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How France Is Supporting Its Film Industry During a Global Crisis

Cannes may be an open question, but Unifrance is finding ways to salvage its film culture in a country committed to supporting it.

Juliette Binoche stars in “La bonne épouse.”

Unifrance

Under normal circumstances, the Cannes Film Festival would have announced its lineup this week. Instead, it’s still unclear how the festival will happen at all, now that the earlier delay to late June has become impossible — after French President Emmanuel Macron banned festivals and other crowded events until at least mid-July — and the rest of the festival calendar is mighty crowded. Autonomous sidebars Directors Fortnight and Critics’ Week have officially canceled. The festival said in a statement that it hoped to communicate the different forms that Cannes 2020 could take in August or September.

Whatever happens with Cannes, however, the French film industry’s representatives at Unifrance are soldiering on. Backed by the government and the Centre national du cinéma et de l’image animée (CNC), Unifrance is trying to keep its 1,000 members, who include global partners, informed during a pandemic.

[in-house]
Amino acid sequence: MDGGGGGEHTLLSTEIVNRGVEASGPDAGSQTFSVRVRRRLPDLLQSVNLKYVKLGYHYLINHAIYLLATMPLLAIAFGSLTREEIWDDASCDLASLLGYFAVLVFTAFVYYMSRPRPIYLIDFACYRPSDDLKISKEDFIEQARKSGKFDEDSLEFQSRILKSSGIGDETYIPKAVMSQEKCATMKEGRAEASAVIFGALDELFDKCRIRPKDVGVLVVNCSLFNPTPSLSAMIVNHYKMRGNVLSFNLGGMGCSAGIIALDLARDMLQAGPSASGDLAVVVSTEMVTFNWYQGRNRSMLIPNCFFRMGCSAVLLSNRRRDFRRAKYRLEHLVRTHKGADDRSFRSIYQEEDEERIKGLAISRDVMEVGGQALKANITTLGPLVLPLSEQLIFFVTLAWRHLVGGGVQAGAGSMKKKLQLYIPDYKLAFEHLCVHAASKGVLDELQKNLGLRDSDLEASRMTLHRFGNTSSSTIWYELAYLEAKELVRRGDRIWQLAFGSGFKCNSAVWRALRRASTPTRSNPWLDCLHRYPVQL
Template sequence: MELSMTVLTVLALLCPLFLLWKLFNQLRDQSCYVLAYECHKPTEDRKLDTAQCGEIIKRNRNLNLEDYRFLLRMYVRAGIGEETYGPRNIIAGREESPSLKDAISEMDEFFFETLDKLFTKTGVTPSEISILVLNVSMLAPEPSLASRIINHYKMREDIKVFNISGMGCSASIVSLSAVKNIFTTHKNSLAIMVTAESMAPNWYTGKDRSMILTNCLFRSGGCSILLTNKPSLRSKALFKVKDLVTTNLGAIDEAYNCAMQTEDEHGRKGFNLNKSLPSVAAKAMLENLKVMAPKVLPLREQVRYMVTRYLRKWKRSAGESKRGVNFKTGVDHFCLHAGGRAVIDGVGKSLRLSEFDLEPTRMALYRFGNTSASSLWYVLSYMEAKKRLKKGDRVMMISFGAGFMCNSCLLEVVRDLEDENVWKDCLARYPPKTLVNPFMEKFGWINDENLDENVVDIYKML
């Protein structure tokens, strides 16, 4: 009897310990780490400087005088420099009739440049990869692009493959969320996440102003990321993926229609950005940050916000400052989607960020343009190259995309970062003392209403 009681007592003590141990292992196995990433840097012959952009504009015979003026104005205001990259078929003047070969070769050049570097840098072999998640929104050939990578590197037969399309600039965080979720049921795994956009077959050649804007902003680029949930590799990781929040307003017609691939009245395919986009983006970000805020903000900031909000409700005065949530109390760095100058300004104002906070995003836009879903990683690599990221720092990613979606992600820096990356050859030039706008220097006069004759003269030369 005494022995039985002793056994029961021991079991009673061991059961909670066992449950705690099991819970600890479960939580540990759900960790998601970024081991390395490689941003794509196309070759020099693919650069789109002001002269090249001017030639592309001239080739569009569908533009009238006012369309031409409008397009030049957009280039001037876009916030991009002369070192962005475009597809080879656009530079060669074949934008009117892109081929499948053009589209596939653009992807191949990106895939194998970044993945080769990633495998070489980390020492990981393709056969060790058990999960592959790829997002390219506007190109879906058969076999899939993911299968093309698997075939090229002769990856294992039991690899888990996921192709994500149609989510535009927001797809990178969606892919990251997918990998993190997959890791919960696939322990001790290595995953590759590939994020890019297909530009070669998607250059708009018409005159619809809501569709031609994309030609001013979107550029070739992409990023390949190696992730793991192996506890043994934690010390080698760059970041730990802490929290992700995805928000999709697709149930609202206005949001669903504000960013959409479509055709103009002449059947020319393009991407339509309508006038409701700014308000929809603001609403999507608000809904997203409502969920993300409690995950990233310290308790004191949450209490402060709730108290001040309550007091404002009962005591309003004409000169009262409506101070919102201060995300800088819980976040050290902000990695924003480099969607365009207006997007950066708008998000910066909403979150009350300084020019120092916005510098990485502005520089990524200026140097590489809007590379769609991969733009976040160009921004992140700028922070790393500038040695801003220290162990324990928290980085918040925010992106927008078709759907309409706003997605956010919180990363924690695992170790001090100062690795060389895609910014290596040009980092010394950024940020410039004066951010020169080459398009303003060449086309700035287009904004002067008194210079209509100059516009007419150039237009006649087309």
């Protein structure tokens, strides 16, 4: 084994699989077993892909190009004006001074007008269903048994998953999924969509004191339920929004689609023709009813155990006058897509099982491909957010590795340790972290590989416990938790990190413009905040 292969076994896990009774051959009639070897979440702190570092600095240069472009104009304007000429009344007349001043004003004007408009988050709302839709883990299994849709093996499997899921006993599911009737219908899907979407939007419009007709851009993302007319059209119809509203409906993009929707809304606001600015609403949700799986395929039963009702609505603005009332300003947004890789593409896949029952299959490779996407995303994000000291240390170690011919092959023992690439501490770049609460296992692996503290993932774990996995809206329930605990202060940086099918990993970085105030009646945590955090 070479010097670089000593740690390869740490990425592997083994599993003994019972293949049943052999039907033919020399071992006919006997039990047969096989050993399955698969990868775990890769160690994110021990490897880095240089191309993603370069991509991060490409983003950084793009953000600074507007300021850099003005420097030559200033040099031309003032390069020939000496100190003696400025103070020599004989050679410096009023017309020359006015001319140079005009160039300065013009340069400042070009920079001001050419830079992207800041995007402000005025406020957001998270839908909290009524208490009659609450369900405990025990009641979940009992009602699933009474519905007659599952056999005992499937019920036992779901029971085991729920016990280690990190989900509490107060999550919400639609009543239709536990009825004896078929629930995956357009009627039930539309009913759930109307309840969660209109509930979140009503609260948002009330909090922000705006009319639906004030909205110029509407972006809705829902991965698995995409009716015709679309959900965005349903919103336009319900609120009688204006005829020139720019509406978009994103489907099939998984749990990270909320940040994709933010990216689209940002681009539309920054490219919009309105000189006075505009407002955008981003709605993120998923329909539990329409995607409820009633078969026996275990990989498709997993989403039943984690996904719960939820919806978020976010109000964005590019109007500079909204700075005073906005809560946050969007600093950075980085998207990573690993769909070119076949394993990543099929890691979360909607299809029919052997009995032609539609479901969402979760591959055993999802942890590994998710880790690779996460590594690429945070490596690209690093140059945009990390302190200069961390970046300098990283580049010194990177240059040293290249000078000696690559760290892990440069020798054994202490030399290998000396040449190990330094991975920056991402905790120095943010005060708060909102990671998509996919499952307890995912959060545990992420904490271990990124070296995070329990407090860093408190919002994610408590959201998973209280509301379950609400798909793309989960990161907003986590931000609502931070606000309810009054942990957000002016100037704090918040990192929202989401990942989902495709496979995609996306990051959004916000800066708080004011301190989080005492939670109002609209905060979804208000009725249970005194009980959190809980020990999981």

Executive director Daniela Elstner had to make some tough decisions in early March, when Juliette Binoche was scheduled to fly to New York for the March 5 opener “The Truth” at the annual UniFrance/Lincoln Center “Rendez-Vous With French Cinema.” Unifrance canceled the flights of the French delegation, including Binoche. Many thought Elstner was being overly cautious, but she didn’t want to take any chances. Instead, Unifrance supplied video intros and Q&As with the film directors.

These days, the German-born former international sales agent is holed up with her family just outside Paris, working with Unifrance president Serge Toubiana to keep the organization’s members informed of cinema closures and the latest virtual releases around the world. Elstner immediately accelerated the formation of a digital department in order to better communicate with members and collect data from different channels and platforms.

And two weeks ago, Unifrance mounted a stay-at-home edition of MyFrenchFilmFestival, with 70 free short films (and subtitles available in 10 languages) streaming on the Unifrance site as well as Facebook and YouTube, which will run until April 27.  It’s a success, especially the family program, Elstner said on the telephone Tuesday. “We’ve had 420,000 views on the three platforms.”

While the French industry has, like the U.S., transitioned some movies like “The Truth” from shutdown theaters onto VOD platforms much sooner than the usual four-month window, the CNC’s unique revenue-sharing system for film and television producers, distributors and exhibitors also moved swiftly to alleviate the pandemic’s stunning economic blowout.

In France, the goal is to keep jobs for everyone via a generous unemployment system. And the CNC has already provided subsidies to the participants in its system, “so that films could be available on VOD more quickly,” said Elstner. “Most [distributors] are waiting for theaters to open.” That includes Binoche vehicle “La bonne épouse,” which opened well and played in theaters for one and a half weeks, and will be brought back after theaters reopen.